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A Doll's House by: Henrik Ibsen

Mrs. Dougherty's Block 8 Ly, Margaret, Mirha, Jackie
by

Breda O'Brien

on 13 July 2015

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Transcript of A Doll's House by: Henrik Ibsen

Henrik Ibsen:
1828- 19o6
Born in Skein, Norway
He hated his work and lived in isolation
Creator of modern drama
Explored topics that were socially unacceptable
Believed everyone was equal
Culture and Mood:
When audiences saw the play for the first time, they were stunned
Ibsen's plays subverted the expectations of the time period
They clashed with the common views of women's roles at the time
Previously, it was most unusual to have a female lead
Roles: Traditional Vs. Non Traditional
Traditionally, men and women were encouraged to follow sex roles
Men were expected to financially support their families
Wives were to be submissive to their husbands
Nora plays a non traditional role by leaving her family
"In all societies the obvious biological difference between men and women is used as a justification for forcing them into different social roles..." -Erwin Haeberle
A Doll's House by Henrik Ibsen

Time Period:
19th century
A Doll's House was written in 1879
Modern realistic/ prose drama
Portray women whose actions were socially unaccepted.
Men were the head of the household
Work became separated from home
Language:
Norwegian
Doll House= Et Dukkehjem
Nationalistic drama
The language among the characters helps emphasize their relationship
At first Torvald and Nora are playful but Torvald talks down to Nora
Towards the end it is evident that Nora begins to speak up
This shows the audience the change in their marriage
The Self
Self reliance is a person's ability to make decisions without consulting others
At first Nora is described as a spoiled woman with little self reliance
However, her strength and independence are hidden
Nora secretly took out a loan to save Torvald's life
"Helmer: Before all else, you're a wife and a mother.
Nora: I don't believe in that anymore. I belive that, before all else, I'm a human being no less than you- or anyway, I ought to try to become one" (pg 1016).
The Importance of the Individual
'A Doll's House' stresses the importance of the individual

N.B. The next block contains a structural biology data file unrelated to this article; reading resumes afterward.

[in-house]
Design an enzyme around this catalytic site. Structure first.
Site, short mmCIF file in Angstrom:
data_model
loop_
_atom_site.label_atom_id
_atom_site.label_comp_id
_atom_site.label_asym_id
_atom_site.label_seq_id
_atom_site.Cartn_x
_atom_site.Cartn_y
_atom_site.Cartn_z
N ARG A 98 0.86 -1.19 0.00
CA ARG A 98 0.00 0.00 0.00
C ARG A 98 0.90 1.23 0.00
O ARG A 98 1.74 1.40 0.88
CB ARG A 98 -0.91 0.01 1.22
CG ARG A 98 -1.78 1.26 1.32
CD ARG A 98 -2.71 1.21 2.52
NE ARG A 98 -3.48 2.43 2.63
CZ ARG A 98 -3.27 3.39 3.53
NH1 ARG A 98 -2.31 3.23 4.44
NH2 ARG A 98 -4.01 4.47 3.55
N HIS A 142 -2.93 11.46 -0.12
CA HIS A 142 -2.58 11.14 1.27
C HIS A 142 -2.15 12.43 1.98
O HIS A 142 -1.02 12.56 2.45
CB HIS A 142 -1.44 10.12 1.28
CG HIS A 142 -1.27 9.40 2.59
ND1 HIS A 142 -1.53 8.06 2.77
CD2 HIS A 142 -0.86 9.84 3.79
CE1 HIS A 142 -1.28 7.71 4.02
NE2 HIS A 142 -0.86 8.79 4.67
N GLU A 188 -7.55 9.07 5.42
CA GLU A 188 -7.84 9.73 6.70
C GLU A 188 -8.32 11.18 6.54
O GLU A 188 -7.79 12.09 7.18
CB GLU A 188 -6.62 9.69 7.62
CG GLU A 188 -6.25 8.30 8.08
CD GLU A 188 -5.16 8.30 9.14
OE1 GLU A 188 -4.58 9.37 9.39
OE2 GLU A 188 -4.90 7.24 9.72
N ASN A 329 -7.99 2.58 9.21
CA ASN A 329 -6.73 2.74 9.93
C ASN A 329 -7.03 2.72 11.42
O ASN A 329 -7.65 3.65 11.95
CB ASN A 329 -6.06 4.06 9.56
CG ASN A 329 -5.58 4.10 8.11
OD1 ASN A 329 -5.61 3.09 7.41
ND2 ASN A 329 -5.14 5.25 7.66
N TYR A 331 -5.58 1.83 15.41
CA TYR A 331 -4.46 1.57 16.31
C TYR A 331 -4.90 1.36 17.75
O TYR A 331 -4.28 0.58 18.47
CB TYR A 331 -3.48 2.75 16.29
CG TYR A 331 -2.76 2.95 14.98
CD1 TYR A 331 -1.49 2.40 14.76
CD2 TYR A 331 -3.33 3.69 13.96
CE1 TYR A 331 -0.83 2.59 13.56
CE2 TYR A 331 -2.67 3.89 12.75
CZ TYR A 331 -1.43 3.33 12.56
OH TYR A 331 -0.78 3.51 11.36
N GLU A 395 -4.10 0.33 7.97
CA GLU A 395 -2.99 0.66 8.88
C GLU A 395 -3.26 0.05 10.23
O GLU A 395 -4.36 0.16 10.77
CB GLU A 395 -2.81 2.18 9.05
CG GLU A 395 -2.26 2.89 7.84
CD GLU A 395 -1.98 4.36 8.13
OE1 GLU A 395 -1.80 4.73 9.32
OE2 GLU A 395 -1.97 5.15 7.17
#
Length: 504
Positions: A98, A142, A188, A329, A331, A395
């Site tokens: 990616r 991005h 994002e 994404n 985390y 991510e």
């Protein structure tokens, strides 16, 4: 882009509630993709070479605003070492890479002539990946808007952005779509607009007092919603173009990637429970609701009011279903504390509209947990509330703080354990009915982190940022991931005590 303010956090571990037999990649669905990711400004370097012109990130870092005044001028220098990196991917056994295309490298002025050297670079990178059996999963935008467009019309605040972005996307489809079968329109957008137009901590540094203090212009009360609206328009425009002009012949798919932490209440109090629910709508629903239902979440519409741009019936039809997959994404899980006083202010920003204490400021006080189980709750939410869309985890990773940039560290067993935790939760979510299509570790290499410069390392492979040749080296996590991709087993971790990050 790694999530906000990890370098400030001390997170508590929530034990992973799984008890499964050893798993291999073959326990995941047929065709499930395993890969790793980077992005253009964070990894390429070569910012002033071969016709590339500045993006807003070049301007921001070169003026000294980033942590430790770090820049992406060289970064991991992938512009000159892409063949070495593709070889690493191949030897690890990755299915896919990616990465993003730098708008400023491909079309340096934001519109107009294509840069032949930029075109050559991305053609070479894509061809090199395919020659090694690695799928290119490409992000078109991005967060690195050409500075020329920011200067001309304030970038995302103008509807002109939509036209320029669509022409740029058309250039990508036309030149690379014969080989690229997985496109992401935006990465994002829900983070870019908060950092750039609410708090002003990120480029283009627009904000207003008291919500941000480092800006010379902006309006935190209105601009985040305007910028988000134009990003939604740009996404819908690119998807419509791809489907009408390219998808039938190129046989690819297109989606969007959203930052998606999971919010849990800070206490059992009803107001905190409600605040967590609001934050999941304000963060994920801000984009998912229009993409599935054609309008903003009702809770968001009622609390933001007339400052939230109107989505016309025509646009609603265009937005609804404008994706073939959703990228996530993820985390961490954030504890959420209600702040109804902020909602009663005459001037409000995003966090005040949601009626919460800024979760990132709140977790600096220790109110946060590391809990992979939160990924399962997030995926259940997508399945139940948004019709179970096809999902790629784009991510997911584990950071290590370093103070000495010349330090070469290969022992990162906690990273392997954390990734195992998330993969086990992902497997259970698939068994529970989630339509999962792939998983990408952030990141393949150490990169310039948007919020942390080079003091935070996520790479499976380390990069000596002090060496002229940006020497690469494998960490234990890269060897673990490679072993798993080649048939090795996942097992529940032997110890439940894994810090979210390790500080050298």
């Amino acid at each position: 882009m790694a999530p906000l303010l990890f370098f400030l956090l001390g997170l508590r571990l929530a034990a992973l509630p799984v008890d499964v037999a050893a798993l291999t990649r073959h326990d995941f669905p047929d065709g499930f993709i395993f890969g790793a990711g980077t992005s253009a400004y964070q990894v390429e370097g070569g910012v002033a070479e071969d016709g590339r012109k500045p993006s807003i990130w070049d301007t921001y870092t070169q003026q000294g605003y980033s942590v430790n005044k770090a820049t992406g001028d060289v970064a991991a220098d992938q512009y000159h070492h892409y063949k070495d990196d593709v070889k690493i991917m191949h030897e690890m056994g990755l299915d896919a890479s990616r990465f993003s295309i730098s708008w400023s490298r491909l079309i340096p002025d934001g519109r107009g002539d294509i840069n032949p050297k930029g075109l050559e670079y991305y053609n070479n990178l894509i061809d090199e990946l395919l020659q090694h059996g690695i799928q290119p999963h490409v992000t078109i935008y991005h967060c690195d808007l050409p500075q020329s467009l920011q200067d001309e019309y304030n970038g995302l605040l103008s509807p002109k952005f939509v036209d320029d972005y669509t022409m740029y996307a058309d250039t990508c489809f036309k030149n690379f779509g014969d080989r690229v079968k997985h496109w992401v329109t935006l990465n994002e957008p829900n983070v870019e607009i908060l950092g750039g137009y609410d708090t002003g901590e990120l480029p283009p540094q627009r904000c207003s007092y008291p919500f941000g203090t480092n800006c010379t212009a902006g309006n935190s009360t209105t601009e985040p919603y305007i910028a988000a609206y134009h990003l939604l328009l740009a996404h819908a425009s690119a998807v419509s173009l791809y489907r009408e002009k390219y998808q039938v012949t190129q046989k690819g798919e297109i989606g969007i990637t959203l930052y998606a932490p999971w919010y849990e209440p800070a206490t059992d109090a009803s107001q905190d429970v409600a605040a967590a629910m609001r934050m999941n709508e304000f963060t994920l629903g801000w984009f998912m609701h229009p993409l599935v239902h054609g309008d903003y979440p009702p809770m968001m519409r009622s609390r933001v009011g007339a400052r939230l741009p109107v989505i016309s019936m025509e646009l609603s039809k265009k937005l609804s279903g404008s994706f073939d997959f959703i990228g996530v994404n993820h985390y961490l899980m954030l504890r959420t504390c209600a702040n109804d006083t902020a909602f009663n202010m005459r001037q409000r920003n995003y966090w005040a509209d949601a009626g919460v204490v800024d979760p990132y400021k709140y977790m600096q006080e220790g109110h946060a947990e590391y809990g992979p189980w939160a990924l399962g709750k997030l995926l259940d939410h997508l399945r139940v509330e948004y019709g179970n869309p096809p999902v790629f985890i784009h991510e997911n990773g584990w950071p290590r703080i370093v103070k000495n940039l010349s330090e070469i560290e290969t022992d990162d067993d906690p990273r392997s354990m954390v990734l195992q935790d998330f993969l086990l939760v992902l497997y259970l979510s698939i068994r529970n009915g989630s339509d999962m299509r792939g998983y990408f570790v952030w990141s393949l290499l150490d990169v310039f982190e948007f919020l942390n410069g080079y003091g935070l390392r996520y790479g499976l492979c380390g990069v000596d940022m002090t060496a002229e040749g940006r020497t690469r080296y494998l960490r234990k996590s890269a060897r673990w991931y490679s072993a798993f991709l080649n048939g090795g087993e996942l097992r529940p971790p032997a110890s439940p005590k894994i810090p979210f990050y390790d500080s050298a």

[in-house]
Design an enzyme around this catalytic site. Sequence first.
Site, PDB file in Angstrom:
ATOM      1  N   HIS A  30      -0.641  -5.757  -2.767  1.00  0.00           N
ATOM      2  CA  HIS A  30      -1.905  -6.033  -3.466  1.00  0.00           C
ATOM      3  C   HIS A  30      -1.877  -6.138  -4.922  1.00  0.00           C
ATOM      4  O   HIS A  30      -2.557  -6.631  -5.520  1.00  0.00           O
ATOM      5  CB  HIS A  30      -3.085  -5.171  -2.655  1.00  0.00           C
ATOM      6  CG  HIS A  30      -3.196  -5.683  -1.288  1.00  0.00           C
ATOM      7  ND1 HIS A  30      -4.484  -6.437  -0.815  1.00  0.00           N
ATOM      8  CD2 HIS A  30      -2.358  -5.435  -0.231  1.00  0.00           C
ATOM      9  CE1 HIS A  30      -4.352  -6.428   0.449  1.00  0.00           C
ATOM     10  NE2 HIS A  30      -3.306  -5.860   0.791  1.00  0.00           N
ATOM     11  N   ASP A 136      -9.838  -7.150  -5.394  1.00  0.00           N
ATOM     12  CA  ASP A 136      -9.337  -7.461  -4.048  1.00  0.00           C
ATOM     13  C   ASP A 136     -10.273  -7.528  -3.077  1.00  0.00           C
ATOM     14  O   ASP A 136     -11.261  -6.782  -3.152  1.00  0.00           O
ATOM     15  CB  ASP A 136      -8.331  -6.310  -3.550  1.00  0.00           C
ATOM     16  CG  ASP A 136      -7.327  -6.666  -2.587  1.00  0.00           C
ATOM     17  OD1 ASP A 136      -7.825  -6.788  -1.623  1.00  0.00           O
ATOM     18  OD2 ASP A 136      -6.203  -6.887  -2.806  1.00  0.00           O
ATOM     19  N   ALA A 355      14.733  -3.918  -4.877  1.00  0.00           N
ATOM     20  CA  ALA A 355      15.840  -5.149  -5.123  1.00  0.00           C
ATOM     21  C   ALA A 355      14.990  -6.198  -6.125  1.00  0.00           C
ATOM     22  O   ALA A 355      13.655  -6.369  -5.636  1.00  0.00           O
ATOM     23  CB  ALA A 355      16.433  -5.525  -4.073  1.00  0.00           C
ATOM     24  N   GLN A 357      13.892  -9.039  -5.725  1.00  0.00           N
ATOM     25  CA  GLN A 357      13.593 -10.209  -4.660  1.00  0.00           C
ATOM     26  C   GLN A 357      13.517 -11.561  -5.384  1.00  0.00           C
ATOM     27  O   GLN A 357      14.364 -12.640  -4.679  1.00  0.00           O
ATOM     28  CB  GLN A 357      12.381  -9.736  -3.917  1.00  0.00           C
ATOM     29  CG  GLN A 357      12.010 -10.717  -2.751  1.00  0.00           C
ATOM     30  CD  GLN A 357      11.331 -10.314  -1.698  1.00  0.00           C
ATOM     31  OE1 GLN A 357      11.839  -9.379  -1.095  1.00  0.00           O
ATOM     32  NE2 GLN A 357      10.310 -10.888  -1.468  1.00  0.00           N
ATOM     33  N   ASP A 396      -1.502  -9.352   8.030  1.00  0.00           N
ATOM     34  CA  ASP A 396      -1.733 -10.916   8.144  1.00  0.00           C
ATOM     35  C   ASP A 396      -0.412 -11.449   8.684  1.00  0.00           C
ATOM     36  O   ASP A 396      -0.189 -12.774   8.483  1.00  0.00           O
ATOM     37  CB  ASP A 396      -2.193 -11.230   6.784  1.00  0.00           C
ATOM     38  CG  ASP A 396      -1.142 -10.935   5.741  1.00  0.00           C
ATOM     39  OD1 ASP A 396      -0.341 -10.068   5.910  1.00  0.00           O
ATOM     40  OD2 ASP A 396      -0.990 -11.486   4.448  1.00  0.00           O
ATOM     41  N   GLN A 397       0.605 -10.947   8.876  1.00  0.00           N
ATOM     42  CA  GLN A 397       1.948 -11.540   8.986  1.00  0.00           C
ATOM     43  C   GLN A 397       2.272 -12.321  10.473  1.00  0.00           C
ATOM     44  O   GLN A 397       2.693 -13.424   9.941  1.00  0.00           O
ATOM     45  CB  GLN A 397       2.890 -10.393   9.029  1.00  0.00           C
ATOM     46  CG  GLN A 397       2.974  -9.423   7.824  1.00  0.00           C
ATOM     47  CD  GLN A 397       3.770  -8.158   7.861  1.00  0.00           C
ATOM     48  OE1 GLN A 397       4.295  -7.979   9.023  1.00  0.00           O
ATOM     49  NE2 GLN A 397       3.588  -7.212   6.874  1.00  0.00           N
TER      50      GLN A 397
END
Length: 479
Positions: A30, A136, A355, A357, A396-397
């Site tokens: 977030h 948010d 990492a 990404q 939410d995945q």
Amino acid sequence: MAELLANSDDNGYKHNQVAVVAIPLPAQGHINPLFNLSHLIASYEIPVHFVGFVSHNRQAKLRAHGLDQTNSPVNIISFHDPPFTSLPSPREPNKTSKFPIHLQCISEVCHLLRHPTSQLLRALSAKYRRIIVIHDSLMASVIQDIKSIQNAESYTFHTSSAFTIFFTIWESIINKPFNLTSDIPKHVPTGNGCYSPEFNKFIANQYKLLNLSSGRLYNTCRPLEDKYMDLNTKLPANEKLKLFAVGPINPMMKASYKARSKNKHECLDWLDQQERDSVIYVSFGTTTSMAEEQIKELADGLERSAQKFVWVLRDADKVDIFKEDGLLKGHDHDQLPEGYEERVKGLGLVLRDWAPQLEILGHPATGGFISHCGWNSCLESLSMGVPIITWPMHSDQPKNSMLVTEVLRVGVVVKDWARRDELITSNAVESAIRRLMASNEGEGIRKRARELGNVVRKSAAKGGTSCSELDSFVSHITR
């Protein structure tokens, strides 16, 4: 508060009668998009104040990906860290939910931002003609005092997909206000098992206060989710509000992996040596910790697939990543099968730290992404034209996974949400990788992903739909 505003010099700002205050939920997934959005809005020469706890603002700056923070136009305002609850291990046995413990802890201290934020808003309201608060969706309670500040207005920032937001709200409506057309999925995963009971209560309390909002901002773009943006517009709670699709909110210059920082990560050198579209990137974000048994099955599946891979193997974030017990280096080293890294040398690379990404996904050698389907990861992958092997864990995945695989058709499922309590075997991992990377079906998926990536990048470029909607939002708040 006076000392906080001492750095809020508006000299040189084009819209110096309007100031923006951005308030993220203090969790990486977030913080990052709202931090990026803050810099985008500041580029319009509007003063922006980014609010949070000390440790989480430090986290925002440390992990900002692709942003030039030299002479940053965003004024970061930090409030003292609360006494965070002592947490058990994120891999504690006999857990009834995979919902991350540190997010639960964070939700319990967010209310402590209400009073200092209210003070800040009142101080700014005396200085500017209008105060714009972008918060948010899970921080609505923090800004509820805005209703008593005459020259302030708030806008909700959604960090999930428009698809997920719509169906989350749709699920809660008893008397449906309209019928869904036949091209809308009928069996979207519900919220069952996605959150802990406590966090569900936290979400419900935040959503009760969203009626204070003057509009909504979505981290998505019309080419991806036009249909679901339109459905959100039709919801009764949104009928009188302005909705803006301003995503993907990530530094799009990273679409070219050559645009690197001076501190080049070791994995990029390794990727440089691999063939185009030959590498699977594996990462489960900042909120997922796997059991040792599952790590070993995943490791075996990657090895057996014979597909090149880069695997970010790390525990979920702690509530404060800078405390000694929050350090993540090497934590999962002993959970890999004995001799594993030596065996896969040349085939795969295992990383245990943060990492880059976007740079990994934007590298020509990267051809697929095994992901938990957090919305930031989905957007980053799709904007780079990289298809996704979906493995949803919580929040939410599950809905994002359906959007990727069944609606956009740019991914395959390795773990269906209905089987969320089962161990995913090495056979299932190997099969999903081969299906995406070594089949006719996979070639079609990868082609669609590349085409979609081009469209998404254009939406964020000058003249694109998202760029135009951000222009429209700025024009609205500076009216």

Torvald does not respect Nora's individuality. He makes decisions for her
- He does not approve of her eating macaroons
-In his eyes, she is his "richest treasure"
" When Nora Slammed the door shut on her marriage, walls shook in a thousand homes." - 'The Drama 100: A Ranking of the Greatest Plays of all time'
Criticism:
First feminist play since the Greeks. (Although some do not believe it is a feminist piece, rather a humanist piece)
Ibsen is often quoted stating that he does not even understand the women's rights movement really is.
Ibsen's A Dolls House is thought to be the ground breaking moment for modern drama
A Doll's House creates a setting in which social, sexual, psychological, and modern affairs were both examined and revolutionized
Along with its controversial subject matter, A Doll's House was also propelled into mainstream drama because of the atypical behavior of Ibsen. People were interested in the recluse that was creating these plays that brought up the modern day family in a way that was unprecedented.
Relate-ability:
Whether or not people were ready for it, Ibsen's play transformed drama
Ibsen's play continues to be relevant because his heroine stills shocks audiences today with her abrupt departure
Ibsen's plays were popular because they undermined the status quo.

Maslow's Theory:
Psychologically, Nora is climbing the heirarchy of needs and desires throughout the play. An example of this is Nora's desire for Maslow's third stage of Love and belonging.
Fun Fact:
Ibsen's last words were, " Tvtimod!" Which translates to, "On the contrary!"
"None for you dear prince, I'm tired today
I'd rather sleep my whole life away than have you keep me from dreaming

'cause I don't care for your fairytales
You're so worried about the maiden though you know
She's only waiting on the next best thing"
Full transcript